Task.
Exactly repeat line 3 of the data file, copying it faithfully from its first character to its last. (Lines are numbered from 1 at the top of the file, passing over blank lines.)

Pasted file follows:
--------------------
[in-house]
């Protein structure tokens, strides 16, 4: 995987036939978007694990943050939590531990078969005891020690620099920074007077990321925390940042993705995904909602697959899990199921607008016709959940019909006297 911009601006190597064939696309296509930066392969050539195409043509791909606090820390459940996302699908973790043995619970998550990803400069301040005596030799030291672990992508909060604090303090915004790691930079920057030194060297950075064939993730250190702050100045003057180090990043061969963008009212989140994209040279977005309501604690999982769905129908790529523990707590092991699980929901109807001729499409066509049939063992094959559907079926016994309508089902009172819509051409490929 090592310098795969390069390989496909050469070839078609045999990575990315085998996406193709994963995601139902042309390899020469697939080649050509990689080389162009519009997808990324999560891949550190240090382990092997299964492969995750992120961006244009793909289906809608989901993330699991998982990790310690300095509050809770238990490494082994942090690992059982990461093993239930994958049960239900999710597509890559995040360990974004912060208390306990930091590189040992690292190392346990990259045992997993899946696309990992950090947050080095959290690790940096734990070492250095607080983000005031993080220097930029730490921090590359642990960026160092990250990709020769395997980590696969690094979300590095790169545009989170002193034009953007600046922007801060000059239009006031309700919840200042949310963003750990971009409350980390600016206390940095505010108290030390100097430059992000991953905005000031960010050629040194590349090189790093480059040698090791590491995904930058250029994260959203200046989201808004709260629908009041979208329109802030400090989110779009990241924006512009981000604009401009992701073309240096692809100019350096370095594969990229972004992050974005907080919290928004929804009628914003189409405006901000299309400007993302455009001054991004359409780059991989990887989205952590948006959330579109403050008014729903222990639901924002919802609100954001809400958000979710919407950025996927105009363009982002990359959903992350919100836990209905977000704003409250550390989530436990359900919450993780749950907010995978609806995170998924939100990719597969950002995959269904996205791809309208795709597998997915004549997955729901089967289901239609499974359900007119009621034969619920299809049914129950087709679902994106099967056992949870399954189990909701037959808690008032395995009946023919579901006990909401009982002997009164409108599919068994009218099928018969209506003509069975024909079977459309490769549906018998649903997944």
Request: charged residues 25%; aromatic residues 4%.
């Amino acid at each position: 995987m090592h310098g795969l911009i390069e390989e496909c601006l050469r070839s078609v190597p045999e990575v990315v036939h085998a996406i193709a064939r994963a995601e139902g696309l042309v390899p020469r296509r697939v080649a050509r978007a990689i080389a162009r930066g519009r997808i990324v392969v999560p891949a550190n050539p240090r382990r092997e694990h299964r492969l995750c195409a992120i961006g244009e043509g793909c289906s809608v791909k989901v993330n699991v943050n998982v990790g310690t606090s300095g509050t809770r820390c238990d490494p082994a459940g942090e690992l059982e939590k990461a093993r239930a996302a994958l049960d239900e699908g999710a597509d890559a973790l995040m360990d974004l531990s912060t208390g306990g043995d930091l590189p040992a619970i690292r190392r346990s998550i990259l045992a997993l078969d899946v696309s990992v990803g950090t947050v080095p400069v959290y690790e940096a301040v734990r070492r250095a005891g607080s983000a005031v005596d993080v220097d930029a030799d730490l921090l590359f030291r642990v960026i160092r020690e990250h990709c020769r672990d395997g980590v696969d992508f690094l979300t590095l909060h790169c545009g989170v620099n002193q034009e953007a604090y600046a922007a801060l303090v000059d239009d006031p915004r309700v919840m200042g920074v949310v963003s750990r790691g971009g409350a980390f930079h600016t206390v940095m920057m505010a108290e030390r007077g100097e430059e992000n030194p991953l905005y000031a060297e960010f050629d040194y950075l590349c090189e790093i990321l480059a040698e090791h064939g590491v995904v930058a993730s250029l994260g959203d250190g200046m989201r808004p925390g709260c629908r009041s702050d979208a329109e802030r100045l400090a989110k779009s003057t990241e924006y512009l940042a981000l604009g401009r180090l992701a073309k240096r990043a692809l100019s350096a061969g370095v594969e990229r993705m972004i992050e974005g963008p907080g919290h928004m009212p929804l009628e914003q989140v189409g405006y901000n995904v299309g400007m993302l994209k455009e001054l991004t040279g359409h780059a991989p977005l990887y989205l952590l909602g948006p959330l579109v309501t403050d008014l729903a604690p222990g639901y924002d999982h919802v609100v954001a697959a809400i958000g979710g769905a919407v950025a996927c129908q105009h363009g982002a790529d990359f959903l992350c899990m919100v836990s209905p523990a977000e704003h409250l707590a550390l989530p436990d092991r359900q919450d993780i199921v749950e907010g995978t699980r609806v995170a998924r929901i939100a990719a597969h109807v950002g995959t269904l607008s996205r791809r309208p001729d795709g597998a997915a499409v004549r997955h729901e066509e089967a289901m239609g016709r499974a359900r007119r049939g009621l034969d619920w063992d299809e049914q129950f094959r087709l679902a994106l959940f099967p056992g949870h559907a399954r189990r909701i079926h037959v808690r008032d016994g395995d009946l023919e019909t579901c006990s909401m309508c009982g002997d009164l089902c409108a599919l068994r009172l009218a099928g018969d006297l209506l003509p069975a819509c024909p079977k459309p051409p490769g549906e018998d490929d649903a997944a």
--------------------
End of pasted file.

Request: charged residues 25%; aromatic residues 4%.